NOTE: GrowthBeat -- VentureBeat's provocative new marketing-tech event -- is a week away! We've gathered the best and brightest to explore the data, apps, and science of successful marketing. Get the full scoop here, and grab your tickets while they last.
Doesn’t it feel like we’ve just upgraded our iPhones to iOS 5? Well, get ready for more features, because iOS 6 is coming to an iPhone near you.
Apple announced iOS 6 at its Worldwide Developers Conference in June, setting its release date for “fall.” Today Apple revealed that iOS 6 will be available for the iPhone 4S, iPhone 4, iPhone 3GS, iPad 2, and new iPad on September 19.
The OS has been expanded with a few key features that were really missing from iOS 5, such as Facebook integration. We also saw some rivalry with the removal of Google Maps and yes, sadly, YouTube seems to be missing as well (though it was replaced by a YouTube app from Google). Let’s take a look at what we do have in this new operating system:
Thus far, Apple has only provided its iOS 5 users with the ability to share content through Twitter, e-mail, and SMS messages. Sure, the Facebook application can access things like your photos and videos, but having to open the app, go to the photo upload area, and then finally upload it is (believe it or not) too many steps. The exclusion also brought up questions about Apple’s relationship with Facebook.
But it seems everything is honky dory, which is good for me because I love it when companies make it easier for me to share pictures of myself as a walrus with straws up my nose.
Do Not Disturb
There are times, however, when we need a break from the sharing and the talking, and that’s where iOS 6’s “do not disturb” feature really comes in handy. The Internet is a buzzing, whirring, blinking, distracting thing that makes our phones even more attention-seeking. Do not disturb puts your phone into an even deeper silent mode, where it will still receive calls and messages, but will not light up, vibrate, or sound off. It is customizable in that you can let certain actions, such as calls come through.
Oh maps app, how we have talked about you for days on end. The app is based on Open Street Maps, a veritable Wiki for map data. It includes 3-D images, which were likely courtesy of C3 Technologies, a company Apple acquired in October that does just that — 3D-imaging for maps!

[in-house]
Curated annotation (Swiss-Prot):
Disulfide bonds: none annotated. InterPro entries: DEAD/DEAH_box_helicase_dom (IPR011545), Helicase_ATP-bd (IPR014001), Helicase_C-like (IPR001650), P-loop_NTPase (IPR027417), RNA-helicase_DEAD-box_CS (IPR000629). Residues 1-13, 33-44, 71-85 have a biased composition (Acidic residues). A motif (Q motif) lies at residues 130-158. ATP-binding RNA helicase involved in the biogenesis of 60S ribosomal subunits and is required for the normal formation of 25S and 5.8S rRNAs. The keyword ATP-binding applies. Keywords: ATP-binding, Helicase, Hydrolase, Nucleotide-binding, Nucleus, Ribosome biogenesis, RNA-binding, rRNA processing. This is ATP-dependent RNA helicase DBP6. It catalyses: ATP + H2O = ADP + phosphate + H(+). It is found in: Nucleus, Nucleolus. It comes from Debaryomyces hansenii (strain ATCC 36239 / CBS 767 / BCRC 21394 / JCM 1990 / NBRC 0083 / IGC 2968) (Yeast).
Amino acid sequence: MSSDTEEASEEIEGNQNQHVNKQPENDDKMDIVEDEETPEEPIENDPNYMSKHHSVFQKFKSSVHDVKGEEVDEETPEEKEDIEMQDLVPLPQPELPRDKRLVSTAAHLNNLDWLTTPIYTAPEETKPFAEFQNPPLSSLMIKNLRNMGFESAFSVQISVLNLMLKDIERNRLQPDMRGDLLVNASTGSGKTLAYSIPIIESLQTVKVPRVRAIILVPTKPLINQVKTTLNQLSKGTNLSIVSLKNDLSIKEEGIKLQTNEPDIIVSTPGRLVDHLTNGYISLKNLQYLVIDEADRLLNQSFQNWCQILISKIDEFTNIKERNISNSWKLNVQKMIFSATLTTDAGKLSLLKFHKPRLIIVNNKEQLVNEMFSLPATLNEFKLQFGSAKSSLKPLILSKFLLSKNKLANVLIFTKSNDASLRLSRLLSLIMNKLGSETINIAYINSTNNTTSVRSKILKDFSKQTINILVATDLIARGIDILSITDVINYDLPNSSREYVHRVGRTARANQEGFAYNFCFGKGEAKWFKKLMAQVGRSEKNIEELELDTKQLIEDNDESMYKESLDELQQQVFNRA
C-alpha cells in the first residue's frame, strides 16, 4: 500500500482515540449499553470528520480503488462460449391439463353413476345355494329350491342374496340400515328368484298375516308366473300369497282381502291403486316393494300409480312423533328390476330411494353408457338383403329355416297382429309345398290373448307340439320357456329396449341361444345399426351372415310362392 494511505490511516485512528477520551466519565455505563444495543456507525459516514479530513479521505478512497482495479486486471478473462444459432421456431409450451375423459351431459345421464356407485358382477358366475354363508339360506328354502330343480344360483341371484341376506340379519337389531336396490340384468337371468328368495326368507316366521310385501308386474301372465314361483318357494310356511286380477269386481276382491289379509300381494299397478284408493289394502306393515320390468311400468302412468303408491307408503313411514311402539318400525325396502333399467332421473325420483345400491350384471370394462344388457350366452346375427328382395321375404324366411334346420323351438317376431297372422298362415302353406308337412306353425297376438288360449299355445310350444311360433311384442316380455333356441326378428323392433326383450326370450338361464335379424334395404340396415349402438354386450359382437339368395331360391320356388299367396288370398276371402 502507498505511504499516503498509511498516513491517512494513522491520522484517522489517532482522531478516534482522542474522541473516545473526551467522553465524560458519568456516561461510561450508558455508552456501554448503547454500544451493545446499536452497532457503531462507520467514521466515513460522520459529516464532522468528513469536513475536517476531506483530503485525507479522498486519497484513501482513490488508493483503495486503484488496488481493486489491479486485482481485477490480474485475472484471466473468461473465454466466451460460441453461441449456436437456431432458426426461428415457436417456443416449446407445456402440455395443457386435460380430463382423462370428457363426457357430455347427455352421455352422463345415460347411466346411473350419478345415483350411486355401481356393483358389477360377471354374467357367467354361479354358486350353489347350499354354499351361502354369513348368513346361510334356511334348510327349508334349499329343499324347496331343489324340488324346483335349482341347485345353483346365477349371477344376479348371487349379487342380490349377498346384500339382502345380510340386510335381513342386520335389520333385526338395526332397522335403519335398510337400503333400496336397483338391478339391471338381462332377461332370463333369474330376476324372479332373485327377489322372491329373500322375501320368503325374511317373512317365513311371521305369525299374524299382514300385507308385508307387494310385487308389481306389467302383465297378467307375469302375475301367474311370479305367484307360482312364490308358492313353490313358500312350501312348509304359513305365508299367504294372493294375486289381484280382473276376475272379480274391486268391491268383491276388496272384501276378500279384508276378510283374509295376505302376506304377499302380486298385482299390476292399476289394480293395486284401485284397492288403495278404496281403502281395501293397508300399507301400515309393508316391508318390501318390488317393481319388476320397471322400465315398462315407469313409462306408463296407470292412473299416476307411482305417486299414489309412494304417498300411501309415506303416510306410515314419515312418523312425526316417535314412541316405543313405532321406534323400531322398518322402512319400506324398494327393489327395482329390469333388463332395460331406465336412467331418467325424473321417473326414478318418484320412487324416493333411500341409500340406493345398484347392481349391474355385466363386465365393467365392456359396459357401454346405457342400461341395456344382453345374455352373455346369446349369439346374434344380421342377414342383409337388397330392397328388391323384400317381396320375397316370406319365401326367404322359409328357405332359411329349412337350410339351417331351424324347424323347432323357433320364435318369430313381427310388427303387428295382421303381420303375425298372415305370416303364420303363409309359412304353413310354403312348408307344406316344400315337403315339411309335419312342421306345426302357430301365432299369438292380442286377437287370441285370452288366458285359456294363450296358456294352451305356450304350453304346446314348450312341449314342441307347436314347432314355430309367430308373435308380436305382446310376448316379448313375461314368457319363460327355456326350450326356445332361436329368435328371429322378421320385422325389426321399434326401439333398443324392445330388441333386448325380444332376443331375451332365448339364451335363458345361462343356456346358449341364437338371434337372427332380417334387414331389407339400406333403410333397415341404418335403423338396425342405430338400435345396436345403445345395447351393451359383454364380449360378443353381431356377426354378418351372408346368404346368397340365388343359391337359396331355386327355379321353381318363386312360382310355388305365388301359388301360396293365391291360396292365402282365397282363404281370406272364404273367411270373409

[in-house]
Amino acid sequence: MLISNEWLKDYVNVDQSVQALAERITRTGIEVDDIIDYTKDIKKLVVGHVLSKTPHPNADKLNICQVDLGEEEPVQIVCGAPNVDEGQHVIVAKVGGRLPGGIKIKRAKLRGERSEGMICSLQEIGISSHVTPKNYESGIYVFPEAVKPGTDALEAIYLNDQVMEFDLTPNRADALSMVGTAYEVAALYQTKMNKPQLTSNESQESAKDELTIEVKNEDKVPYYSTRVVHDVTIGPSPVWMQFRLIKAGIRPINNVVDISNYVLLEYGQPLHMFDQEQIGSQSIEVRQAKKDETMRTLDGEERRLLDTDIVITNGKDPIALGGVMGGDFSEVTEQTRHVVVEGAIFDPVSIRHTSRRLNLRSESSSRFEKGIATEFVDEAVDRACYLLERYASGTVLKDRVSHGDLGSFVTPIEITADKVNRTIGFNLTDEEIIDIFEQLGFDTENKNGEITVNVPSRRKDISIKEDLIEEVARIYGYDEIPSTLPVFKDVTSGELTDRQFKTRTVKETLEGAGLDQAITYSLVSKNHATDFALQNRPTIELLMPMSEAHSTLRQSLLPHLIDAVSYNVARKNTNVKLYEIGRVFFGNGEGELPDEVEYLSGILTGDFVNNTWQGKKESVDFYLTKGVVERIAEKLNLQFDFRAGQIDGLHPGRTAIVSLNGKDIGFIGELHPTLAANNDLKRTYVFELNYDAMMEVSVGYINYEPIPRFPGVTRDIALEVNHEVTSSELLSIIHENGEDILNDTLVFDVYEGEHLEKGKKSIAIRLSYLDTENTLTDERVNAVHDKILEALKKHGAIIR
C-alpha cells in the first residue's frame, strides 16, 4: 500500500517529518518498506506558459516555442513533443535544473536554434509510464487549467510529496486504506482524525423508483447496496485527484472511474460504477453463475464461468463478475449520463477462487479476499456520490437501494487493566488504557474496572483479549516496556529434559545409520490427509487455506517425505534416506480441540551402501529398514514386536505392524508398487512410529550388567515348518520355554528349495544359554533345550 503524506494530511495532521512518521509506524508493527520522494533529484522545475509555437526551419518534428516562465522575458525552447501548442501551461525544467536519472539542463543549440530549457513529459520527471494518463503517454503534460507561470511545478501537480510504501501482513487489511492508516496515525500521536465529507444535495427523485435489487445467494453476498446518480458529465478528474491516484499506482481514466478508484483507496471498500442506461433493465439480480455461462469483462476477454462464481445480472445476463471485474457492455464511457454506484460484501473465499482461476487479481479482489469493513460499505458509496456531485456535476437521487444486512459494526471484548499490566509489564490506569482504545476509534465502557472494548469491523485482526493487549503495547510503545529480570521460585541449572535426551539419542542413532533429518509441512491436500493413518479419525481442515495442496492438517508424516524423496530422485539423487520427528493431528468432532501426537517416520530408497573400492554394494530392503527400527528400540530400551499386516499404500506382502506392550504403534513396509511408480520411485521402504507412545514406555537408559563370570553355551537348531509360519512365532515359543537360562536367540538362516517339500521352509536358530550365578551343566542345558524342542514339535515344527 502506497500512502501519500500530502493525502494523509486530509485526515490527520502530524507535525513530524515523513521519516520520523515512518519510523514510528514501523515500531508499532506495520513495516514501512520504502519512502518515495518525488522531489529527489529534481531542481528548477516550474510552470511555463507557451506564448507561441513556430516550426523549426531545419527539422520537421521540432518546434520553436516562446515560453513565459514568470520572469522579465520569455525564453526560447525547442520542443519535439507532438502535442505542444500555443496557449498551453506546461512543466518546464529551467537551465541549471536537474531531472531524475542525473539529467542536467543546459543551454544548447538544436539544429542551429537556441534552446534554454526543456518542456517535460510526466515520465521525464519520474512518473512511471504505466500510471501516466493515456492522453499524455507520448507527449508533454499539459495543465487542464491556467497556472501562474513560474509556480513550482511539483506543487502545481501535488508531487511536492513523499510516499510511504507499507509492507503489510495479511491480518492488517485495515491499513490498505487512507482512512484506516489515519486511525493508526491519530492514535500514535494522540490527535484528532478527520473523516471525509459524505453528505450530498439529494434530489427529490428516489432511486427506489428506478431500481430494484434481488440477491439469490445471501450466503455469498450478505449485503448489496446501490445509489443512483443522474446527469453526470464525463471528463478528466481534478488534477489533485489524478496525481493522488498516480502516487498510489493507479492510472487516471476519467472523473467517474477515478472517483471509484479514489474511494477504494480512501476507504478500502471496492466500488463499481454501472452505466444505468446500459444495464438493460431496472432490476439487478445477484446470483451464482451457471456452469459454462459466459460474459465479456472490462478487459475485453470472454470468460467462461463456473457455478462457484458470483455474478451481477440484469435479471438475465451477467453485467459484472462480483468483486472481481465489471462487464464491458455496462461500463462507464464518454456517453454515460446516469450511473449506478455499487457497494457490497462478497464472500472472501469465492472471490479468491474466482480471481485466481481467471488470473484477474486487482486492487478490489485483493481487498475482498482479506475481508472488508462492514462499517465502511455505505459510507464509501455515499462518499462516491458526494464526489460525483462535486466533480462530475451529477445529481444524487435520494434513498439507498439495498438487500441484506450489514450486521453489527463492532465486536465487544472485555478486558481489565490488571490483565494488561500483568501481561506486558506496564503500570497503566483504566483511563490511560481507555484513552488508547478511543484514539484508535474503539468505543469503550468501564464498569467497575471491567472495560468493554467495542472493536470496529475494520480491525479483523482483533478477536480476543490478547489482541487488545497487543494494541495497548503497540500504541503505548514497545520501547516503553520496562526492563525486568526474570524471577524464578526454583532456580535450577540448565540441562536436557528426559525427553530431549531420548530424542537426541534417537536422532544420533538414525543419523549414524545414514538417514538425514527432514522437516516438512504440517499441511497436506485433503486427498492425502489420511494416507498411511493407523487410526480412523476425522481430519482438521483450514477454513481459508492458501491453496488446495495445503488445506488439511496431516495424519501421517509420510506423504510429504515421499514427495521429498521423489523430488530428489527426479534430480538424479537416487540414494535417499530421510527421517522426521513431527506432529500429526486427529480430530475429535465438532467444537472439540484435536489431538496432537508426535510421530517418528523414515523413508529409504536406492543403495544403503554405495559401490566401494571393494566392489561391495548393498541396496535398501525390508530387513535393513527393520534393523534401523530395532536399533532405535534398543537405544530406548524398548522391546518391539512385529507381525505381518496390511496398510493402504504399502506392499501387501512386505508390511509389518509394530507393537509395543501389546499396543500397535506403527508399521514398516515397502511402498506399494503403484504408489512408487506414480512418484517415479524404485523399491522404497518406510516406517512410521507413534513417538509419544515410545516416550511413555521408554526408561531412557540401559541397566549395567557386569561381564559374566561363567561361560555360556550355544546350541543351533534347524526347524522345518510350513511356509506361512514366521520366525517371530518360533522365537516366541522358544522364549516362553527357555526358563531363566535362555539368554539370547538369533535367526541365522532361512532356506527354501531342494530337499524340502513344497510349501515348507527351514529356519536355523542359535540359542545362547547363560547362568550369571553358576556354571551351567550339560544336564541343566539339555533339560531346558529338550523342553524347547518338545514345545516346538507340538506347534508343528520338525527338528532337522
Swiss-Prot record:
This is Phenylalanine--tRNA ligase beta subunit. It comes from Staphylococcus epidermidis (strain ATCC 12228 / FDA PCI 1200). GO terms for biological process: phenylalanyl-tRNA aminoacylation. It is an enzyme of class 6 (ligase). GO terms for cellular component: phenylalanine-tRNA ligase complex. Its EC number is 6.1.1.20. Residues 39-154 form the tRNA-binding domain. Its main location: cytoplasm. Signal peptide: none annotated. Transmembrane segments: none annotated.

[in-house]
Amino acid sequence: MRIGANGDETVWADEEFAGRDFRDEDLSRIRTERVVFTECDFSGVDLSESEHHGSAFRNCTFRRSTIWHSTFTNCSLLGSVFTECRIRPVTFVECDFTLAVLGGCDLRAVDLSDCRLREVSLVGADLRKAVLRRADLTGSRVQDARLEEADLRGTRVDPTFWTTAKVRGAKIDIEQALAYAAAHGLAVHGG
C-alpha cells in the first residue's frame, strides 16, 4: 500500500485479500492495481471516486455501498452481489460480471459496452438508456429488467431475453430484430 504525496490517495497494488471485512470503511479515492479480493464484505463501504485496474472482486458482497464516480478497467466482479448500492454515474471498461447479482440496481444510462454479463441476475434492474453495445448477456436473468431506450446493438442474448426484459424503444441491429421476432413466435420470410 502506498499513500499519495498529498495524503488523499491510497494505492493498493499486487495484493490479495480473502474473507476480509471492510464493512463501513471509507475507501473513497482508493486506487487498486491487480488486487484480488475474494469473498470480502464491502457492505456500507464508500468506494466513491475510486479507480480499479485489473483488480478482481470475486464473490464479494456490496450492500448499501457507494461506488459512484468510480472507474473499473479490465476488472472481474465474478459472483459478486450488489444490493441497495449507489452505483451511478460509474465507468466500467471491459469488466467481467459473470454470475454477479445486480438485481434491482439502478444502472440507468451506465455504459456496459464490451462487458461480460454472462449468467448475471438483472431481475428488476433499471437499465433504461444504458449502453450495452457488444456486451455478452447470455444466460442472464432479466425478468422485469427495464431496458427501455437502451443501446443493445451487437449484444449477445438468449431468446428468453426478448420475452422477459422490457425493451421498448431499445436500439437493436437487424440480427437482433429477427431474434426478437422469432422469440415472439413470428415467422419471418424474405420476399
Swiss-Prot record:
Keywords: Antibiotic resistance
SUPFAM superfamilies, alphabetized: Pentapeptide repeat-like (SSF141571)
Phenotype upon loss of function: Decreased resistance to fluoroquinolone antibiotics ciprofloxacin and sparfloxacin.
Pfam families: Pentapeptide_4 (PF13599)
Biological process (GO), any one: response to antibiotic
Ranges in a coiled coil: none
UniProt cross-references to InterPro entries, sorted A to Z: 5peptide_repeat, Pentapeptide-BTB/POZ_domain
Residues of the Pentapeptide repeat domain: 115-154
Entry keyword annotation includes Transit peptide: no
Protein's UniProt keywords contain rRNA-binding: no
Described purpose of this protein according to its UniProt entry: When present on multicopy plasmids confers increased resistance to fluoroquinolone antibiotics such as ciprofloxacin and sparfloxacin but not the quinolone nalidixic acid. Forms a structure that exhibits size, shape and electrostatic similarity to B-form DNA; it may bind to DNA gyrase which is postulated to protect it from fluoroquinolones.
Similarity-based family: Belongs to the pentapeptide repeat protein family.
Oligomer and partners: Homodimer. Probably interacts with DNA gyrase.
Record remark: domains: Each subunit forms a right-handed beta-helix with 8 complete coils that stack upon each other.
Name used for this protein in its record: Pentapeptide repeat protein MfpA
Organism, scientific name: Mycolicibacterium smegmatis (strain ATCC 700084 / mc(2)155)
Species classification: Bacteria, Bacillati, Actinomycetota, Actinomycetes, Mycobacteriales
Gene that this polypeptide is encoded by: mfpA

The app also includes turn-by-turn navigation, traffic data, and Siri integration.
It is also deeply integrated with Yelp. With the aid of Yelp’s data, people can now query the maps app to “find friends nearby.” Apple is already partnered with Yelp to add intelligence to its Siri voice-assistant.
This is a new built-in app that holds all of that “wallet clutter” like gift cards, coupons, loyalty cards, and all kinds of tickets. It’s another step toward having your phone become your wallet and your wallet become an old, bendy piece of leather.
Developers looking to access Passbook, however, have a couple things to consider, as Giftango CEO David Nelsen notes in his guest post about what Apple hasn’t told developers about Passbook. Developers are going to need to watch out for legal issues when it comes what gift cards can look like on their app, getting access to the merchant’s gift card processing program, and more.
You finally don’t have to be near Wi-Fi to use FaceTime! The video-chatting feature now works over cellular data networks (except for AT&T), making it even more competitive with Skype. Of course, 3G data networks tend to be a lot slower than Wi-Fi, so chances are you’re going to opt-in to using FaceTime over traditional methods. We expect the iPhone 5 to feature LTE 4G connectivity, which will truly be able to take advantage of FaceTime over cellular.
People are also now able to get in touch with you over FaceTime even if they don’t know your Apple ID. Apple now associates your phone number with you Apple account, so you can pick up FaceTime calls to your phone from your iPad and Mac as well.